Dog seized in Burngreave ‘banned breed’ investigation was posing risk to children, say Sheffield police

A dog has been seized by police on a Sheffield estate after complaints it was a ‘banned breed’
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Officers from South Yorkshire Police have confirmed they attended a house in Burngreave on Thursday, after receiving reports of a potentially banned breed dog.

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Police say their investigation is ongoing – but added that they have seized the animal because when they arrived they believed that the dog was being kept in unsuitable conditions, posing a risk to the children at the property.

A dog has been seized in Burngreave by police after complaints it was a ‘banned breed’. File picture shows police cars attending an incident in Sheffield.A dog has been seized in Burngreave by police after complaints it was a ‘banned breed’. File picture shows police cars attending an incident in Sheffield.
A dog has been seized in Burngreave by police after complaints it was a ‘banned breed’. File picture shows police cars attending an incident in Sheffield.
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This year, South Yorkshire along with the rest of the UK has seen a ‘significant rise’ in the number of reported dog bites. It is against the law to allow a dog to be dangerously out of control anywhere, including in a public or private place, such as in the owners house or garden.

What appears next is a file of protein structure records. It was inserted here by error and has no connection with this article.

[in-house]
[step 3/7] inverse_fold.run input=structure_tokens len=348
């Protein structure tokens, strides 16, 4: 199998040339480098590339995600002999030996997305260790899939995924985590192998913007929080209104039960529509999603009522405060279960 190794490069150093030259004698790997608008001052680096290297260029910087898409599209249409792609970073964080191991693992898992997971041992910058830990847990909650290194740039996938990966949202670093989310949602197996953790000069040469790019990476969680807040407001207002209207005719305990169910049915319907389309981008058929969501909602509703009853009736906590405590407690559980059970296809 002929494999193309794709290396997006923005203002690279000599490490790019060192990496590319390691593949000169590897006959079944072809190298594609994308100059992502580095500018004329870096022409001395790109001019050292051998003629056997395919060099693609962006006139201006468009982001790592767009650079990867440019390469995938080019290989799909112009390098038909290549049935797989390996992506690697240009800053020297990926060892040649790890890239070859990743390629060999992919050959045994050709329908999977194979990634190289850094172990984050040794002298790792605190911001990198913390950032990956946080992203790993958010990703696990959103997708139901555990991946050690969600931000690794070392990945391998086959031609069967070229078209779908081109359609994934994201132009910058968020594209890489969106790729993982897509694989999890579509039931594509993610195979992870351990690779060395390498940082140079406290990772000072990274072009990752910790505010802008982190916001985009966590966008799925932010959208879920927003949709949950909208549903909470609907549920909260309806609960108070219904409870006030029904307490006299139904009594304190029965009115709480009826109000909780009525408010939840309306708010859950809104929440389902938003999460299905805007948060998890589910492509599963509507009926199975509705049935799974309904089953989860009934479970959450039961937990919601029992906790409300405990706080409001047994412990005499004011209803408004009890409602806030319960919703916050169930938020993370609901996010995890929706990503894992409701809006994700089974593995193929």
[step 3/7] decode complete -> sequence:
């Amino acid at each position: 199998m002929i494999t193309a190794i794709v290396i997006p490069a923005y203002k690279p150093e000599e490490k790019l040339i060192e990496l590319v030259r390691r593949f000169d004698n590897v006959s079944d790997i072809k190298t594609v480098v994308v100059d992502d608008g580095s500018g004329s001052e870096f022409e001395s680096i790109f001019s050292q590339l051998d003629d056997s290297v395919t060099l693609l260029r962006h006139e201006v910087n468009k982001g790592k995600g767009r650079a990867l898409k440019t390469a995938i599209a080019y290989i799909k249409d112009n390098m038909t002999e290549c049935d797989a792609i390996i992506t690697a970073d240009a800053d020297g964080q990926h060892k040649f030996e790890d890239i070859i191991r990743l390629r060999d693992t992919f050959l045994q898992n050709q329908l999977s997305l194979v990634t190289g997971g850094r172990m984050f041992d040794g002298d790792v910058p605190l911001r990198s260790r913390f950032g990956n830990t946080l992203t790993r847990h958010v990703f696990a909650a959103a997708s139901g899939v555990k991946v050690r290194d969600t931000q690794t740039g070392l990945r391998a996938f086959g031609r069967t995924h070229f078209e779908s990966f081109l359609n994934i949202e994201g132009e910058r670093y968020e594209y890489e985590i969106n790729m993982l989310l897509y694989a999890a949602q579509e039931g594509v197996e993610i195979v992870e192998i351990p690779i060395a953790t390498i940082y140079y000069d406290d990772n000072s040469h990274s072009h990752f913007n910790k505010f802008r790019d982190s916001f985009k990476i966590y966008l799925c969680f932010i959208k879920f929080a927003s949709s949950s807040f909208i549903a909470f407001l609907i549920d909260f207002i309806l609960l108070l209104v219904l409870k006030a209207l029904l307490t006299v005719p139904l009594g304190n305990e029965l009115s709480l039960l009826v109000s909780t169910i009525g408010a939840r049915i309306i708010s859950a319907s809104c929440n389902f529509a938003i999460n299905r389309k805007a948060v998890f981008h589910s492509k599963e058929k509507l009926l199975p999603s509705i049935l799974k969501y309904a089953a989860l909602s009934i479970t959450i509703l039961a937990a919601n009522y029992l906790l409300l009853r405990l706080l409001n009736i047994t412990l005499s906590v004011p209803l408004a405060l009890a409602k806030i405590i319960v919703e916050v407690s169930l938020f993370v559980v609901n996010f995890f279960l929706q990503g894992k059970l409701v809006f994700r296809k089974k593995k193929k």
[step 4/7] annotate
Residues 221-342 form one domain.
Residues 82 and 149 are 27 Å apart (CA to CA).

South Yorkshire Police dog Legislation Officer PC Chelsea Shirt said: “Legislation around banned breeds and the proper control of dogs is in place to protect people from harm. As a dog owner myself I take no joy in removing dogs from their families, but the safety of children and vulnerable people must come first.

"Irresponsible dog ownership creates risk not only to the dog but also, the owner, their family and the wider public. South Yorkshire Police will continue to robustly respond to reports of banned breed dogs or dogs not being kept under proper control.

“As we approach the time of year where people have historically thought about buying puppies as presents, please consider the use of a rescue centre. Times are hard and for many purse strings are tight, many dogs are being surrendered to rescues as families are struggling to care for much loved family pets. Not only can it be cheaper to get a dog from a rescue centre but the rescue centre will support you in finding the best dog to fit you and/or your family. The dog will come micro-chipped, vaccinated and neutered. They will have also most likely have undergone health checks.”

"With the increased value placed on puppies there are some disreputable breeders out there taking advantage in order to make themselves money, and many of them are not taking the necessary steps to ensure they produce healthy, happy puppies. If you must buy from a breeder please ensure you buy from a registered, reputable breeder and try to see the parent dogs together. Research the breed you are buying and ensure the breed suits your situation.”

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Police say if you are worried about your dogs health or behaviour, you should contact your local vet for advice and support. If you have concerns about a dog that is not yours please contact 101 or report anonymously through Crimestoppers on 0800 555111.